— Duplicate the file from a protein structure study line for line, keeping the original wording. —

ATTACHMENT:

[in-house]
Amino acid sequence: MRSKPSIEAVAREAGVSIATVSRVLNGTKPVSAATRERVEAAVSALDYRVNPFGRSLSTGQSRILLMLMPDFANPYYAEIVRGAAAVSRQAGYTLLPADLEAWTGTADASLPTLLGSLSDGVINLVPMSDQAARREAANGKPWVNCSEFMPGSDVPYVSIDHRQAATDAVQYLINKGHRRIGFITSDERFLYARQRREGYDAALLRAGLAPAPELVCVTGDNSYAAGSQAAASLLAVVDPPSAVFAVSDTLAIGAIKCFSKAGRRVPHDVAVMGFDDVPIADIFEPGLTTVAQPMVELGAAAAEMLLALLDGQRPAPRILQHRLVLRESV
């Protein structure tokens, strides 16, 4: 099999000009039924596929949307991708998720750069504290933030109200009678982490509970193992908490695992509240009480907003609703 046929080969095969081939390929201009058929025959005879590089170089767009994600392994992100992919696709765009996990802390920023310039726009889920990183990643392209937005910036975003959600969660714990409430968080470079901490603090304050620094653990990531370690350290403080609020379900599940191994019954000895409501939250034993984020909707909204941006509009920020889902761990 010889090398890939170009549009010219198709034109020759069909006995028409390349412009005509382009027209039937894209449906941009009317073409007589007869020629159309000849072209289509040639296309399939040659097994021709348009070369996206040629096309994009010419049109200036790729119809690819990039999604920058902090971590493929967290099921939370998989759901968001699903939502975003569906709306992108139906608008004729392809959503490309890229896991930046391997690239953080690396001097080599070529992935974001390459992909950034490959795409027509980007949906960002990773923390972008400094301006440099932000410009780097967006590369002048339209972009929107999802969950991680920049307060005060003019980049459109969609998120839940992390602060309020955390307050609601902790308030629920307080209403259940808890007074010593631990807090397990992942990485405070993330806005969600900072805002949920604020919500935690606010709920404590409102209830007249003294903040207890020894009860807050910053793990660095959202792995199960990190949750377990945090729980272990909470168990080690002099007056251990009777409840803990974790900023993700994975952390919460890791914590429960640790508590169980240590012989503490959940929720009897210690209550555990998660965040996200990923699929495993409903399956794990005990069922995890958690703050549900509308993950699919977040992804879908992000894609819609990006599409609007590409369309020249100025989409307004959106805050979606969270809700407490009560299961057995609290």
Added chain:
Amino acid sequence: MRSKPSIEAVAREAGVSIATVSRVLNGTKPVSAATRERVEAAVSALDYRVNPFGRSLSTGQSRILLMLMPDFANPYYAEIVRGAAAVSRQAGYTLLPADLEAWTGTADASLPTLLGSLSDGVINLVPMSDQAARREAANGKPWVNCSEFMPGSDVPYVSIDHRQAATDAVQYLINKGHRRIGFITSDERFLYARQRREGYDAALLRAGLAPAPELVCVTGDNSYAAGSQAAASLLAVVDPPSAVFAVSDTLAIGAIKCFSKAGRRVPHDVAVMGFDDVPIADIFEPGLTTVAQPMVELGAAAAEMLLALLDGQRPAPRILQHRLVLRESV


[in-house]
Amino acid sequence: MRSKPSIEAVAREAGVSIATVSRVLNGTKPVSAATRERVEAAVSALDYRVNPFGRSLSTGQSRILLMLMPDFANPYYAEIVRGAAAVSRQAGYTLLPADLEAWTGTADASLPTLLGSLSDGVINLVPMSDQAARREAANGKPWVNCSEFMPGSDVPYVSIDHRQAATDAVQYLINKGHRRIGFITSDERFLYARQRREGYDAALLRAGLAPAPELVCVTGDNSYAAGSQAAASLLAVVDPPSAVFAVSDTLAIGAIKCFSKAGRRVPHDVAVMGFDDVPIADIFEPGLTTVAQPMVELGAAAAEMLLALLDGQRPAPRILQHRLVLRESV
């Protein structure tokens, strides 16, 4: 099999000009039924596929949307991708998720750069504290933030109200009678982490509970193992908490695992509240009480907003609703 046929080969095969081939390929201009058929025959005879590089170089767009994600392994992100992919696709765009996990802390920023310039726009889920990183990643392209937005910036975003959600969660714990409430968080470079901490603090304050620094653990990531370690350290403080609020379900599940191994019954000895409501939250034993984020909707909204941006509009920020889902761990 010889090398890939170009549009010219198709034109020759069909006995028409390349412009005509382009027209039937894209449906941009009317073409007589007869020629159309000849072209289509040639296309399939040659097994021709348009070369996206040629096309994009010419049109200036790729119809690819990039999604920058902090971590493929967290099921939370998989759901968001699903939502975003569906709306992108139906608008004729392809959503490309890229896991930046391997690239953080690396001097080599070529992935974001390459992909950034490959795409027509980007949906960002990773923390972008400094301006440099932000410009780097967006590369002048339209972009929107999802969950991680920049307060005060003019980049459109969609998120839940992390602060309020955390307050609601902790308030629920307080209403259940808890007074010593631990807090397990992942990485405070993330806005969600900072805002949920604020919500935690606010709920404590409102209830007249003294903040207890020894009860807050910053793990660095959202792995199960990190949750377990945090729980272990909470168990080690002099007056251990009777409840803990974790900023993700994975952390919460890791914590429960640790508590169980240590012989503490959940929720009897210690209550555990998660965040996200990923699929495993409903399956794990005990069922995890958690703050549900509308993950699919977040992804879908992000894609819609990006599409609007590409369309020249100025989409307004959106805050979606969270809700407490009560299961057995609290």
Added chain:
Amino acid sequence: MRSKPSIEAVAREAGVSIATVSRVLNGTKPVSAATRERVEAAVSALDYRVNPFGRSLSTGQSRILLMLMPDFANPYYAEIVRGAAAVSRQAGYTLLPADLEAWTGTADASLPTLLGSLSDGVINLVPMSDQAARREAANGKPWVNCSEFMPGSDVPYVSIDHRQAATDAVQYLINKGHRRIGFITSDERFLYARQRREGYDAALLRAGLAPAPELVCVTGDNSYAAGSQAAASLLAVVDPPSAVFAVSDTLAIGAIKCFSKAGRRVPHDVAVMGFDDVPIADIFEPGLTTVAQPMVELGAAAAEMLLALLDGQRPAPRILQHRLVLRESV